Home Must See Flint Lives Matter: residents say Hillary Clinton coming for the entertainment

Flint Lives Matter: residents say Hillary Clinton coming for the entertainment


While some praise the candidates visit for bringing attention to the city as its water crisis continues, others see a candidate plying a cause just to get votes

Hillary Clinton has made every effort to make Flint her own. The water crisis afflicting this predominantly black Michigan city ignored by Washington politicians for years has become another battlefield in a progressive war between Clinton and Bernie Sanders. Race, class and the environment matter again in an issues-based, neck-and-neck race for the Democratic presidential nomination.

Looking past Tuesdays primary in New Hampshire, where Sanders is tipped to win, and toward the March primary states where she will be counting on African American support, Clinton made a symbolic campaign stop here on Sunday.

I feel blessed to be here but I wish it were for a different reason, she said, as she took to the stage at the House of Prayer Missionary Baptist Church, flanked by purple-robed members of a choir and surrounded by a sea of nodding heads.

But I am here because for nearly two years mothers and fathers were voicing concerns about the waters color and its smell, about the rashes that it gave to those that were bathing in it. And for nearly two years Flint was told the water was safe.

Her words drew applause and shouts of amen. But though Clinton supporters turned up for Sundays service, simply identifying the problem was not enough for some.


Hillary Clinton poses for a photograph at the House of Prayer Missionary Baptist Church. Photograph: Paul Sancya/AP

Not everyone in a city where the words FLINT LIVES MATTER appear next to bullet holes in windows wants the lead in their childrens drinking water made into a photo-op, a kind of Hurricane Katrina for a more liberal nations eco-justice age.

Interviews with residents before, during and after Clintons visit revealed fear of a candidate helicoptering in on the campaign trail, attempts to salvage a modern economic and environmental crisis that is Flints own, and few answers for a city being abandoned by its residents.

Dont jump on a cause just to get votes, said Flint Lives Matter organiser Calandra Patrick, as Clintons jet arrived in town. It doesnt matter to me if she makes an appearance or not it doesnt matter to me one bit.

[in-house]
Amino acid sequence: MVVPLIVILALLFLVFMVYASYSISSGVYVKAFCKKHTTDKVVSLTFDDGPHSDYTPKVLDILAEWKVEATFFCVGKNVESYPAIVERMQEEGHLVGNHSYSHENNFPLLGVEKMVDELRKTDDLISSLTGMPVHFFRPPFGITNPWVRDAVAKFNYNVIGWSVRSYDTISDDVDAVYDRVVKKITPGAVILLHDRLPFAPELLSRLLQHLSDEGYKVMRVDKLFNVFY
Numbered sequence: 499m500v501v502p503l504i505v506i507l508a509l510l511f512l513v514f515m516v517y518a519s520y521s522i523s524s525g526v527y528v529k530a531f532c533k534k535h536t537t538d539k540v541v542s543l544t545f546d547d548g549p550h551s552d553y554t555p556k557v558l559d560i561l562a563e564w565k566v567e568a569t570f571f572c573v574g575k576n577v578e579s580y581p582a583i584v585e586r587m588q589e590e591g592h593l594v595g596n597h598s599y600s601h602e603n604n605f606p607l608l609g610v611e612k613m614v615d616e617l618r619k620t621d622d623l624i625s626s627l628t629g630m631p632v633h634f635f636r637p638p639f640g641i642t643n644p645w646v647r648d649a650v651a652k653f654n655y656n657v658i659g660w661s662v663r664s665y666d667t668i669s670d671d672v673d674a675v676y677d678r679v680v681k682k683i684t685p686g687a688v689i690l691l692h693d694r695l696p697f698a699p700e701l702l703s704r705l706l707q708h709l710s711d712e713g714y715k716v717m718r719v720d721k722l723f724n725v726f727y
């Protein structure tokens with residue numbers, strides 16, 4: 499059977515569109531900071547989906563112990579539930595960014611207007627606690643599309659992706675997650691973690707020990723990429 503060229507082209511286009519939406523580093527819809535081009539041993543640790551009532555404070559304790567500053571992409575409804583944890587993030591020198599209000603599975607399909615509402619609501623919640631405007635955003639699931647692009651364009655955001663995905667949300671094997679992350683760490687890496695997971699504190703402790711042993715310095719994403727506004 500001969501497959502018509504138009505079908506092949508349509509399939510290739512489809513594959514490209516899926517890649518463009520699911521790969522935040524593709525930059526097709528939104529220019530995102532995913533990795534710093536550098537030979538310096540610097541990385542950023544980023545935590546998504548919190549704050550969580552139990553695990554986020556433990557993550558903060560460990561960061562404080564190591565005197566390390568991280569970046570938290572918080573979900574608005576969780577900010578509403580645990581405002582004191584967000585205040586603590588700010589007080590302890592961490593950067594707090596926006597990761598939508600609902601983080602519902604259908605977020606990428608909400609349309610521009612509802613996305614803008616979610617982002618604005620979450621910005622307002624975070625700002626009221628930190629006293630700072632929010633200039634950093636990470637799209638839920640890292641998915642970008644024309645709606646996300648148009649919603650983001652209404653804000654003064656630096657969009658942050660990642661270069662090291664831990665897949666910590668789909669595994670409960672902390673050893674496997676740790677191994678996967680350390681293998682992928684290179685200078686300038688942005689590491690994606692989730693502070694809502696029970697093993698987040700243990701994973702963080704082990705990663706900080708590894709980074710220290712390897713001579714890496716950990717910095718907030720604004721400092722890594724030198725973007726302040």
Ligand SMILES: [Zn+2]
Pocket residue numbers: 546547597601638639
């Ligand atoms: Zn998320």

Arnette Rison III, a 47-year-old independent contractor, put Clintons visit in starker terms: If shes bringing 35,000 hydroelectric filters, Ill love her for it. But thats not what shes about to do.

At the church, though the topic was serious, the mood was jovial and warm. Clinton stood before a packed audience and spoke emphatically about the moral imperatives of the situation, saying: The children in Flint are just as precious as the children in any other part of America.

The introduction she received was light, the pastor joking that the baptismal water was from the Flint river but he had experienced no rashes, only a little ash. The audience response ranged from lovingly enthusiastic to fierce.

A little after the changeover I noticed the smell


Calandra Patrick (closest to water), with Maurice Ratcliff and Tameka Thompson. Photograph: Lucia Graves for the Guardian

It was the spring of 2014 and something wasnt right with the water. Officials had switched from Detroits water system to the Flint river to save money, and though Patricks tap water was still running clear, she knew something was amiss.

A little after the changeover I noticed the smell, Patrick said. Every time she turned on the shower, there it was again. So she did what anyone worried about being alone in her feelings would do: she posted about it on Facebook.

Its funny: when you just put stuff out there and start asking questions, other people are like, Yeah, I noticed it too!

Almost two years later, the 41-year-old Flint native turned to Facebook once again to help set up the Flint Lives Matter Tailgate, a bottled water giveaway at city hall on Saturdays for the needy, aimed at supplementing the work of fire stations and local churches.

We dont have a limit, said Kevin Palmer, another organizer. We ask people what they need and we give it to them.

But there remains an element of political protest of rebellion to the new cause clbre of progressive Democrats.

A man piling water into his car erupted into chants decrying Rick Snyder, the Republican Michigan governor on whom Sanders has called to resign: Hey hey! Ho ho! Governor Snyder has got to go! A woman sold Flint Lives Matter T-shirts. The events online invitation page drew a straight parallel to Hurricane Katrina: Both abandoned by the government and left to die from dirty water.

An unconscionable and infuriating situation